Consequences of antiepileptic drug withdrawal: A randomized, double-blind study (Akershus Study)


Address correspondence and reprint requests to Morten Ingvar Lossius National Centre for Epilepsy, P.O. Box 53, 1306 Baerum postterminal, Norway. E-mail:


Objective: Despite side effects associated with the use of antiepileptic drugs (AEDs), withdrawal of AEDs remains controversial, even after prolonged seizure freedom. The main objective of this study was to assess the effects of AED withdrawal on cognitive functions, seizure relapse, health-related quality of life (HRQOL), and EEG results. Additionally, potential predictors for freedom from seizures after AED withdrawal were studied.

Methods: Patients, seizure-free for more than 2 years on AED monotherapy, were recruited for a controlled, prospective, randomized, double-blinded withdrawal study lasting for 12 months, or until seizure relapse. Patients were randomized to AED withdrawal (n = 79) and nonwithdrawal (n = 81) groups. The examination program included clinical neurological examinations, neuropsychological testing, EEG-recordings, cerebral MRI, and assessments of HRQOL.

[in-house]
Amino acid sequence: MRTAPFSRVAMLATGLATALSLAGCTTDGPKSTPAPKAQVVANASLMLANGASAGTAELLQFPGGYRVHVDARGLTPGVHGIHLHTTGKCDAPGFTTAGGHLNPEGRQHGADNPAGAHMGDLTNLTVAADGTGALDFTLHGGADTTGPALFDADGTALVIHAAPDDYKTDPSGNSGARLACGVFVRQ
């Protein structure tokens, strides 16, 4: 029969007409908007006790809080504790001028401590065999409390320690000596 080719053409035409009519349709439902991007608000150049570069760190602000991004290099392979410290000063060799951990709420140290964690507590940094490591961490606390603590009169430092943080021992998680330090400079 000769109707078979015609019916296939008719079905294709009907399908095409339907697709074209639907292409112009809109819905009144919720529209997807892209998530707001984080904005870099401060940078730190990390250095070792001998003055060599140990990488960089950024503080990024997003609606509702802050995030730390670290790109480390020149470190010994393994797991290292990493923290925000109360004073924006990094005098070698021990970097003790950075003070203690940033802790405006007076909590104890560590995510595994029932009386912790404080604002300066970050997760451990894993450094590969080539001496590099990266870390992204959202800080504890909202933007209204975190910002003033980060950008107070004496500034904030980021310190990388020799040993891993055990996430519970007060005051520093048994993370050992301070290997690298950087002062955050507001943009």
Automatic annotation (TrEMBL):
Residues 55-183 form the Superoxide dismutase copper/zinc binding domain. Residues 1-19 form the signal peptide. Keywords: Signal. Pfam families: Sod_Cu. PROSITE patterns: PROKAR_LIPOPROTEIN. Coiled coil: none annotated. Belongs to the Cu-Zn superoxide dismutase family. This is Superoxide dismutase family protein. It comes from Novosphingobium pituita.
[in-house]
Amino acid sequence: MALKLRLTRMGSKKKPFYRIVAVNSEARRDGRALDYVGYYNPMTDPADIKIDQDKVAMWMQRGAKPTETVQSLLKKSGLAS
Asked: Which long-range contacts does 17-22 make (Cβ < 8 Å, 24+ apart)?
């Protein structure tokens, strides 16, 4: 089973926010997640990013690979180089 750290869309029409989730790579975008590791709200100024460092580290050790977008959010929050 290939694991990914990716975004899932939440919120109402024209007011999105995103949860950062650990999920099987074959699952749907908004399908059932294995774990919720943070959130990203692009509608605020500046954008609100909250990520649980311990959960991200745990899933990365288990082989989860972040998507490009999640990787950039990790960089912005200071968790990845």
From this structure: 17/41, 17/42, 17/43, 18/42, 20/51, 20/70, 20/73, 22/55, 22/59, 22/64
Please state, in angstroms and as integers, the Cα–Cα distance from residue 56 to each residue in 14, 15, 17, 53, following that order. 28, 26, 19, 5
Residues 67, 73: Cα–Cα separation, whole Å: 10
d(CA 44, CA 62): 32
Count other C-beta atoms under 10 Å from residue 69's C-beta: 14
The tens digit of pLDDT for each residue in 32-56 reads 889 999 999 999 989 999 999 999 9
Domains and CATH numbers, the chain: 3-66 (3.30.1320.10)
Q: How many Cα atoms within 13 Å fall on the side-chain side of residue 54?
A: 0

Follow-up data on seizure relapse were also collected beyond the 12-month study period (median 47 months).

Results: Seizure relapse at 12 months occurred in 15% of the withdrawal group and 7% of the nonwithdrawal group (RR 2.46; 95% CI: 0.85–7.08; p = 0.095). After withdrawal, seizure relapse rates were 27% after a median of 41 months off medication. A normal result to all 15 neuropsychological tests increased significantly from 11% to 28% postwithdrawal. We found no significant effects of withdrawal on quality of life and EEG. Predictors for remaining seizure-free after AED-withdrawal over 1 year were normal neurological examination and use of carbamazepine prior to withdrawal.